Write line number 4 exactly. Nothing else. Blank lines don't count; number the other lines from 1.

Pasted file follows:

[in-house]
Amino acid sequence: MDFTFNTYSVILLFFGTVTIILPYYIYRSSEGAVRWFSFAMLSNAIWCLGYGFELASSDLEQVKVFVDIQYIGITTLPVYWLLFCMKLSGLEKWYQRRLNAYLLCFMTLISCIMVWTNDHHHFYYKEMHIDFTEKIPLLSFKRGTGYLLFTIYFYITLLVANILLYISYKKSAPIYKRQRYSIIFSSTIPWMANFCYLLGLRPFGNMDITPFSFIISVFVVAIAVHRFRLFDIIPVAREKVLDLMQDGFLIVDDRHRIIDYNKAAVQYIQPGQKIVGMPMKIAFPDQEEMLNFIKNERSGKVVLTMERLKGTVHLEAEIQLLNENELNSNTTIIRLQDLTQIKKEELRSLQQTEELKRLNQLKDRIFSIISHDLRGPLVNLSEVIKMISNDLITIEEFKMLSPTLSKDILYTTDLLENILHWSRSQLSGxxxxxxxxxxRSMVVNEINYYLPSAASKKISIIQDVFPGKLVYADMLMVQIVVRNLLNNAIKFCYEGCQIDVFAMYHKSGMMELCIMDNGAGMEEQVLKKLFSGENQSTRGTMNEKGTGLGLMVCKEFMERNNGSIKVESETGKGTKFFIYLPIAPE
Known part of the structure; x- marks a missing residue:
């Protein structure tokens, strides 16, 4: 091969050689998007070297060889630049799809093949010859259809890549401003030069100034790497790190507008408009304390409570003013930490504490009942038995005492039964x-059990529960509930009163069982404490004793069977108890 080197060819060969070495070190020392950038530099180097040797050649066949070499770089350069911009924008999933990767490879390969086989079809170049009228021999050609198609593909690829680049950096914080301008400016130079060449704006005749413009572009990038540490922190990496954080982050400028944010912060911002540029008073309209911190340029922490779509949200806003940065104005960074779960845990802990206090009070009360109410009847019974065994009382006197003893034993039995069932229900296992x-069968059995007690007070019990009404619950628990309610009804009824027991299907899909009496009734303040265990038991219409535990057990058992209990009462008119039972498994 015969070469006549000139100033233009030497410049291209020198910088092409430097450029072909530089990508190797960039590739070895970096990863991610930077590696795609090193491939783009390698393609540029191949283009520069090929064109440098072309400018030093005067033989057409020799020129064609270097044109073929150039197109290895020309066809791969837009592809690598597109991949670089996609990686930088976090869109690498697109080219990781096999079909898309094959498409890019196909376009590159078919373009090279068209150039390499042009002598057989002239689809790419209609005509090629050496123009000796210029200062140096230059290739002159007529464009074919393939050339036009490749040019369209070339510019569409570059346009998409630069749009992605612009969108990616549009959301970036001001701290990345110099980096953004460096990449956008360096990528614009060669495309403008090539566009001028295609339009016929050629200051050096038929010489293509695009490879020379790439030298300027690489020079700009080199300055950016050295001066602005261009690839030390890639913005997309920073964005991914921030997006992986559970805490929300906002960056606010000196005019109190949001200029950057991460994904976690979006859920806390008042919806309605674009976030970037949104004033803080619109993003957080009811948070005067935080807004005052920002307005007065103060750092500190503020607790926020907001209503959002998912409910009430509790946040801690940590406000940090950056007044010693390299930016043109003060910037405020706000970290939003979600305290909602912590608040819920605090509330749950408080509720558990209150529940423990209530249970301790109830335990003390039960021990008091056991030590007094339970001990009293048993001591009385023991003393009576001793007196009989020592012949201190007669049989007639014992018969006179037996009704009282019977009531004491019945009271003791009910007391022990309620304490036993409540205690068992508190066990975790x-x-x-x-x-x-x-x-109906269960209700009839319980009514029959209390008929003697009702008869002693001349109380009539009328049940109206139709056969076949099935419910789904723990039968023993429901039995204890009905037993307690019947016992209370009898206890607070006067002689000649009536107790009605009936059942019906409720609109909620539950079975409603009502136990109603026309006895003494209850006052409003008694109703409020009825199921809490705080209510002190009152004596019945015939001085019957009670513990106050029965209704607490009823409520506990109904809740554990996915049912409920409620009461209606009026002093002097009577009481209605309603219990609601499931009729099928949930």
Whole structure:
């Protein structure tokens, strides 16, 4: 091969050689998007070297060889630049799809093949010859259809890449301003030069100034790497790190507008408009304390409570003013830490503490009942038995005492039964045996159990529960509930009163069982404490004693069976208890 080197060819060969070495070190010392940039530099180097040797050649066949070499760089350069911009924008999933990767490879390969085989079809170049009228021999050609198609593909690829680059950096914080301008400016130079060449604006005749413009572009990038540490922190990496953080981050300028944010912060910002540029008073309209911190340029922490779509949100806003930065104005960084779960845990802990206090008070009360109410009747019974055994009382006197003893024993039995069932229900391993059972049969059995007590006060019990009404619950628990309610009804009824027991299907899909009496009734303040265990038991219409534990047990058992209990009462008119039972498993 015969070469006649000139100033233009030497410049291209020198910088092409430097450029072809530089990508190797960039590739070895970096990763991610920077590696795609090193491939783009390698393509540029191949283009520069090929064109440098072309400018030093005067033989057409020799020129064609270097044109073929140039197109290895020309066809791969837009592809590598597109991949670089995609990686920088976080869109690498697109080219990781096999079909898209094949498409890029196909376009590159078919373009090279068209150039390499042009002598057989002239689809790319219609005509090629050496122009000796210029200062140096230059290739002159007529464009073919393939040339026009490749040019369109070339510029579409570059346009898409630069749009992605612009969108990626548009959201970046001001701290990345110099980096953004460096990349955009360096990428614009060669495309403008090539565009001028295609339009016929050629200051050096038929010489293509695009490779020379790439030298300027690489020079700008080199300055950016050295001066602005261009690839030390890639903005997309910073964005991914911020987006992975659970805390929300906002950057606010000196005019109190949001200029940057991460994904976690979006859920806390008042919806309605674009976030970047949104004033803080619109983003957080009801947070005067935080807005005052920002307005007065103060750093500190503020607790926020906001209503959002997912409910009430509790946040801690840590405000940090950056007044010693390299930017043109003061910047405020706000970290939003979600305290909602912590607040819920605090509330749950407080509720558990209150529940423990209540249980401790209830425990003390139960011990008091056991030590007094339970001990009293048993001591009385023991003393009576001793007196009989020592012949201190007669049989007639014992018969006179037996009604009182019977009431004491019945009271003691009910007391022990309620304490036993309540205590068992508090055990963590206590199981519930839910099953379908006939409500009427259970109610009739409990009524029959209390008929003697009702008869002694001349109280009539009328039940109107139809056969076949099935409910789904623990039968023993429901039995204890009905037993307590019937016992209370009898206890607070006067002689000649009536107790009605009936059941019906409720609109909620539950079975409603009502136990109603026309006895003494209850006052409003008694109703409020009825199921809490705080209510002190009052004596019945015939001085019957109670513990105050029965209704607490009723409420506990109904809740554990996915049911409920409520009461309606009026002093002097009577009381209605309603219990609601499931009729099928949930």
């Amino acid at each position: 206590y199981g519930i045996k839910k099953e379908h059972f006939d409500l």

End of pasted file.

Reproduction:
């Protein structure tokens, strides 16, 4: 091969050689998007070297060889630049799809093949010859259809890549401003030069100034790497790190507008408009304390409570003013930490504490009942038995005492039964x-059990529960509930009163069982404490004793069977108890 080197060819060969070495070190020392950038530099180097040797050649066949070499770089350069911009924008999933990767490879390969086989079809170049009228021999050609198609593909690829680049950096914080301008400016130079060449704006005749413009572009990038540490922190990496954080982050400028944010912060911002540029008073309209911190340029922490779509949200806003940065104005960074779960845990802990206090009070009360109410009847019974065994009382006197003893034993039995069932229900296992x-069968059995007690007070019990009404619950628990309610009804009824027991299907899909009496009734303040265990038991219409535990057990058992209990009462008119039972498994 015969070469006549000139100033233009030497410049291209020198910088092409430097450029072909530089990508190797960039590739070895970096990863991610930077590696795609090193491939783009390698393609540029191949283009520069090929064109440098072309400018030093005067033989057409020799020129064609270097044109073929150039197109290895020309066809791969837009592809690598597109991949670089996609990686930088976090869109690498697109080219990781096999079909898309094959498409890019196909376009590159078919373009090279068209150039390499042009002598057989002239689809790419209609005509090629050496123009000796210029200062140096230059290739002159007529464009074919393939050339036009490749040019369209070339510019569409570059346009998409630069749009992605612009969108990616549009959301970036001001701290990345110099980096953004460096990449956008360096990528614009060669495309403008090539566009001028295609339009016929050629200051050096038929010489293509695009490879020379790439030298300027690489020079700009080199300055950016050295001066602005261009690839030390890639913005997309920073964005991914921030997006992986559970805490929300906002960056606010000196005019109190949001200029950057991460994904976690979006859920806390008042919806309605674009976030970037949104004033803080619109993003957080009811948070005067935080807004005052920002307005007065103060750092500190503020607790926020907001209503959002998912409910009430509790946040801690940590406000940090950056007044010693390299930016043109003060910037405020706000970290939003979600305290909602912590608040819920605090509330749950408080509720558990209150529940423990209530249970301790109830335990003390039960021990008091056991030590007094339970001990009293048993001591009385023991003393009576001793007196009989020592012949201190007669049989007639014992018969006179037996009704009282019977009531004491019945009271003791009910007391022990309620304490036993409540205690068992508190066990975790x-x-x-x-x-x-x-x-109906269960209700009839319980009514029959209390008929003697009702008869002693001349109380009539009328049940109206139709056969076949099935419910789904723990039968023993429901039995204890009905037993307690019947016992209370009898206890607070006067002689000649009536107790009605009936059942019906409720609109909620539950079975409603009502136990109603026309006895003494209850006052409003008694109703409020009825199921809490705080209510002190009152004596019945015939001085019957009670513990106050029965209704607490009823409520506990109904809740554990996915049912409920409620009461209606009026002093002097009577009481209605309603219990609601499931009729099928949930």